Ever since 1976 (when these two handsome men met at a Kenzo party in Paris) Pierre et Gilles’ have worked, lived, loved and played together. Their photographs are captured Disneyfied moments of macabre beauty – they celebrate quirks, herald the sordid and make beauty out of a dark subject matter. From Greek gods to film stars, tattooed/pierced freaks, rosy-cheeked sailors and French soldiers, their delicately painted highly-sexed boys and girls have pulses racing across the globe. Their first exhibition with Parisian Galerie Daniel Templon is called Heroes and will feature previously unseen portraits of heroes from mythology, superheroes from pop culture and contemporary heroes of today. Visual fantasies don’t get much better than this.
Standing somewhere between sugar-coated pop idol and religious icon for the mantelpiece, Pierre et Gilles’ paintings follow the grand tradition of aristocratic portraiture and glamour photography. Curls are blonded, eyes sparkle and lips are plumped and rouged. “We create images that mix reality, daily life, dreams and fantasies,” Gilles explains. Unfazed by the advent of digital or Photoshop retouching, they like to work by hand – Pierre behind the lens and Gilles with the paint. “An image takes a long time to do,” Pierre points out. “First we reflect on the theme and put an idea in place, then complete a rough sketch, choose the model, choose the scene and build the set.” The artwork is never considered finished until it is put in a specific frame, something they consider an extension of the image.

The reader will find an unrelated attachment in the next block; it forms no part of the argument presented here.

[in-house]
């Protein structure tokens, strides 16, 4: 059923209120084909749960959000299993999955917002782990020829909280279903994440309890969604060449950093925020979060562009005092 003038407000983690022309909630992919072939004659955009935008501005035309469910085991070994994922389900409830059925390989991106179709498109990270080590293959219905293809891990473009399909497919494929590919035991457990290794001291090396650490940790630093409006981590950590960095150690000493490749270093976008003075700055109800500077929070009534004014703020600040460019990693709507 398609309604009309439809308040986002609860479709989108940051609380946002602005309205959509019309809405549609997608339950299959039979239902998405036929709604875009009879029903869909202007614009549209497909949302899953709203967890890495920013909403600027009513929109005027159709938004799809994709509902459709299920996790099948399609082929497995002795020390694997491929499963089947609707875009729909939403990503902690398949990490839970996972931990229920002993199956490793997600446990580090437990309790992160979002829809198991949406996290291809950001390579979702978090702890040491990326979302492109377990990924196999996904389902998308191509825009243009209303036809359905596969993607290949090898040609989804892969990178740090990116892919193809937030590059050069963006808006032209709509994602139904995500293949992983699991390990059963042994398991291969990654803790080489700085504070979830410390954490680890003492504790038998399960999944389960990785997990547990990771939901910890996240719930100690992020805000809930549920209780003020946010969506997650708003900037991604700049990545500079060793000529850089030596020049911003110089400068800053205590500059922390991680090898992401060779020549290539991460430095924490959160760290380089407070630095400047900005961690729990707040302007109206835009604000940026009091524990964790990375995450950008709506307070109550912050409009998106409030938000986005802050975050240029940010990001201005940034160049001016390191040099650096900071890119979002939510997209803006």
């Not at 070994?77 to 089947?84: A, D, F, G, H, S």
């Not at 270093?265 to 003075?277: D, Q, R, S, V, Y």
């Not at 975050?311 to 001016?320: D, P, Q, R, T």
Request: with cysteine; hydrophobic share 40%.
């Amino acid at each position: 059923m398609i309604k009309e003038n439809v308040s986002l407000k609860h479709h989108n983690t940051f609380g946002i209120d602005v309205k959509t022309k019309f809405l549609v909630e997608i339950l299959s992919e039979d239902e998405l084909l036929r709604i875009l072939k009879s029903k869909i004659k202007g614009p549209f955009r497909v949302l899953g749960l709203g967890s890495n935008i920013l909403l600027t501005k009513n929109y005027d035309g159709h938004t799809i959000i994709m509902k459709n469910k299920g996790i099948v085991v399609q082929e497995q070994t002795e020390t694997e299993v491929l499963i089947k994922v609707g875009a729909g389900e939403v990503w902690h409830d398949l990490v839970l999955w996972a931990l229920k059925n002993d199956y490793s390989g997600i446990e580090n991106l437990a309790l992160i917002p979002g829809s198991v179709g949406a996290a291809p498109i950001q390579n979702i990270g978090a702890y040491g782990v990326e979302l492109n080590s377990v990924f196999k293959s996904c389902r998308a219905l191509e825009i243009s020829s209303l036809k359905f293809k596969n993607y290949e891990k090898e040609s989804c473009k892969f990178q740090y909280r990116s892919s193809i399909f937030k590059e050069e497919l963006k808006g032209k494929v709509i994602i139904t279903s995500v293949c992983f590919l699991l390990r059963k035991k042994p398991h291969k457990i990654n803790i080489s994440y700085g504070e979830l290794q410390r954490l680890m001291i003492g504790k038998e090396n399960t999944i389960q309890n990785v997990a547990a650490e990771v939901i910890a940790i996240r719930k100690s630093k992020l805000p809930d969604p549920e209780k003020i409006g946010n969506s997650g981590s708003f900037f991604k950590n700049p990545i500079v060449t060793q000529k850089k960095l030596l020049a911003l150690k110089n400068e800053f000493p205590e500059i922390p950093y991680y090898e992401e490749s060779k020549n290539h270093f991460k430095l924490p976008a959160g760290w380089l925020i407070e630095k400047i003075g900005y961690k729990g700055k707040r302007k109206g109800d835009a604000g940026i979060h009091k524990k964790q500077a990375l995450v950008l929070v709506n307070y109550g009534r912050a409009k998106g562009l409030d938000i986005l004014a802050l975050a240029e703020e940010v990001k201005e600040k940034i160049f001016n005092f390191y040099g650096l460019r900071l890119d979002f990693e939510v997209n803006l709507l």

“At the Fukuoka airport in Japan, we were arrested because they thought we were terrorists! It was only after we showed them a photo of us with Madonna and explained we were here for an exhibition that they released us.”
Inspired by icons on and off the silver screen, Pierre et Gilles have had their brushes with fame – photographing Madonna, Kylie Minogue, Andy Warhol and Jean Paul Gaultier among others. “It was so exciting to meet Kylie and Madonna,” Gilles reveals, “but Andy Warhol was our favourite because we worked with him at the beginning of our relationship. His was one of the first images we created and a very important moment.” Their celeb-friendly work has helped them out of a hole too. “At the Fukuoka airport in Japan, we were arrested because they thought we were terrorists!” laughs Gilles. “It was only after we showed them a photo of us with Madonna and explained we were here for an exhibition that they released us.”
Although they live and work in the Le Pre-Saint-Gervais district in Paris, Pierre et Gilles’ heads have always been far away, dreaming of warmer climes, antique goddesses and exotic cultures. “We have always been attracted to Asian countries,” Pierre clarifies, “where there is no hierarchy of taste and no distinction between good taste and bad. Religious and popular culture, the people, the colours, we can find it all in Asia!” Their favourite memory is a trip to India where they unearthed a coloured sculpture of Saint Sebastian wreathed in flowers. Today, however, they’ve started looking closer to home – the street cleaners in Paris being their latest inspiration. “They look so beautiful in their green uniforms!” the boys enthuse.
For Pierre et Gilles, the best thing about being a couple is not only inspiring each other creatively, but supporting each other personally at the same time. Gilles likes to visit the cinema, play sport or take photographs on his mobile phone, while Pierre likes playing with his dogs and painting pebbles. “When you’re in a couple, you always think about and consider the other person and leave space for them in your life. This protects you from being too egocentric,” they say. Their portraits of idealised gym-toned boys in saturated technicolor may serve as visual fantasies, but Pierre et Gilles’ adulatory love for each other is just as beautiful.
Pierre et Gilles: Heroes runs 10th April - 31st May.
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